The very next day after we closed our record-destroying producing of Othello we jumped back into the rehearsal room to start work on our next treat for you, a return of one of our best-loved comedies. In 2001 we took the Tampa Bay area by storm with The Complete Works of William Shakespeare (abridged). We went on to offer the show in special one-off and weekend-long encores through 2005, also performing the show in the TECO Theater and at the Largo Cultural Center, before putting it back on the shelf … until now, mid-way through our 20th Anniversary Season. Artistic Associate Katrina Stevenson returns to manage the comedic mayhem as director as well as costume this wild romp through all 36 plays and the sonnets in a mere 90 minutes. Producing Artistic Director David M. Jenkins also returns as the only cast member remaining from the original 2001 mainstage production. Shawn Paonessa replaced Robert Ray Morgan for the first encore date and stayed with us, becoming part of the trio for all future (abridged) shows sending up The Bible, American history, and literary greats. Now, 18 years later, Spencer Meyers steps in to the role first played by Jobsite co-founder Jason Evans.
The show enjoyed a sold-out run and RAVE reviews from The Tampa Tribune, St. Petersburg Times, and Weekly Planet.
What? You’ve never heard of those papers? You must have been a child back then! Weekly Planet is now Creative Loafing, and the Times would go on to buy the Tribune and become the Tampa Bay Times. How things change … including our show itself, and not just the cast. The writers have offered up a [revised] version of the show featuring some amazing updates and all-new material. One thing that we can assure you hasn’t changed is how much of a delight this show is to be a part of. We can’t stop laughing in rehearsal, and we’ve just begun blocking the show.
Shoutout to the Times‘ Stephanie Hayes for helping us find one from the vaults!
“Renaissance fair-styled comedy can be both Benny Hill-broad and Noel Coward-subtle, often in the same sentence. Performers such as the Flying Karamazov Brothers, Avner the Eccentric and Penn and Teller got their starts on the Renaissance fair circuit, and you can recognize a certain flatfooted “gotta please every member of this audience” stance among performers who have worked for tips.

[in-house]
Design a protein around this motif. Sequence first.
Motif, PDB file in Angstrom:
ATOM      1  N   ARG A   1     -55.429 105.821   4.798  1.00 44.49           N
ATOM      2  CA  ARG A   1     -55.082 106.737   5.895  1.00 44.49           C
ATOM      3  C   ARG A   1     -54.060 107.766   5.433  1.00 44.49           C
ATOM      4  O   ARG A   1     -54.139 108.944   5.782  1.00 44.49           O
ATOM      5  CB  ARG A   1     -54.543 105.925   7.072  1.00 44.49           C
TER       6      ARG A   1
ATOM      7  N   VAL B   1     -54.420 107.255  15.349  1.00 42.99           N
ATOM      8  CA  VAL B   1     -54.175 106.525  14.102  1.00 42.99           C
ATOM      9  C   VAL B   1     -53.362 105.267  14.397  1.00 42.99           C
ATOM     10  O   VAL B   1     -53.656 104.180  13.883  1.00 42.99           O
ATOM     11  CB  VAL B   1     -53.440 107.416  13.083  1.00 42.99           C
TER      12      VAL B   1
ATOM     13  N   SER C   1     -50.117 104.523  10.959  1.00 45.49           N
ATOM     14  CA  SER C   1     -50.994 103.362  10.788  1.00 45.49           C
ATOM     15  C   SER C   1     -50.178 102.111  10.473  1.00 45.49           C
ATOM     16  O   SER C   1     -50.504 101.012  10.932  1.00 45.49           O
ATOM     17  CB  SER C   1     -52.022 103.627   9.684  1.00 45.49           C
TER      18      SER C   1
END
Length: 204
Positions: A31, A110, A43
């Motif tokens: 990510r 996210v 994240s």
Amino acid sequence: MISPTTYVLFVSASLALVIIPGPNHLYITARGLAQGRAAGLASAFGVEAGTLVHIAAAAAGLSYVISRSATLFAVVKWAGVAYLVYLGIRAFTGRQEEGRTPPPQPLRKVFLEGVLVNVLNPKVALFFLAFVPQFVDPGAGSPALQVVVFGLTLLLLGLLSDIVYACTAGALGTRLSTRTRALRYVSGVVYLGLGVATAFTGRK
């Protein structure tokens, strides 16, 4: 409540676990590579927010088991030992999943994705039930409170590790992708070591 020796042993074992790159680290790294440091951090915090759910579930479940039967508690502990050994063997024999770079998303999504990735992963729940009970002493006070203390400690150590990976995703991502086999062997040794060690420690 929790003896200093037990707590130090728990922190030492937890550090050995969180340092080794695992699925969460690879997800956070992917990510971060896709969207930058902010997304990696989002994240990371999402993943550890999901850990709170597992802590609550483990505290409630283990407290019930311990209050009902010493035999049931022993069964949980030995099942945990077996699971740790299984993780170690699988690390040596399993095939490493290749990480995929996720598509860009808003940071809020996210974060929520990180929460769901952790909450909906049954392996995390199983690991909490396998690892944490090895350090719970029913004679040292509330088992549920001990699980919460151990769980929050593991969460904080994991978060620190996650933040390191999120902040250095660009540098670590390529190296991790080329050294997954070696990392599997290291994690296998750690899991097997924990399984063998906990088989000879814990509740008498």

While there is little indication that the members of Tampa’s Jobsite Theater are working for tips, they find the good-natured desperation in that particular way of making a living, and present The Complete Works of William Shakespeare (abridged), by Adam Long, Daniel Singer and Jess Winfield at the Shimberg Playhouse at TBPAC through March 18.
The actors are unwilling to let any member of the audience have a bad time, and their simple joy is infectious. Using every comedy idea from Julia Child impressions to rap versions of Othello, they are absolutely fearless and unending fun.
David M. Jenkins, a Jobsite founder, is determined to make the show fantastic, and whenever it isn’t, his panic-stricken dithering is unfailingly funny.
Robert Ray Morgan takes the reins occasionally as well, never quite controlling things as he thinks he might.
The easy-going Jason Evans (“I’ll wear the wig,” he mutters whenever a female is needed) can’t believe what they are doing to the Bard’s words and just can’t face it any more.
This leads (after 35 plays in an hour) to intermission and Act 2, a chain-saw noisy (yet scalpel-fine) dissection of Hamlet.
It is the love for Shakespeare’s words that shines through this extended sketch and makes it more fun for audience and performer.
To say that this evening’s work looks totally spontaneous is to compliment director Katrina Stevenson, who keeps a madman’s jumble of jokes, impressions and attitudes constantly accessible, silly and understandable.
If you love Shakespeare (especially performed backward), sweet, good-natured comedy and cheery irreverence, The Complete Works of William Shakespeare (abridged) is an evening you want to behold.”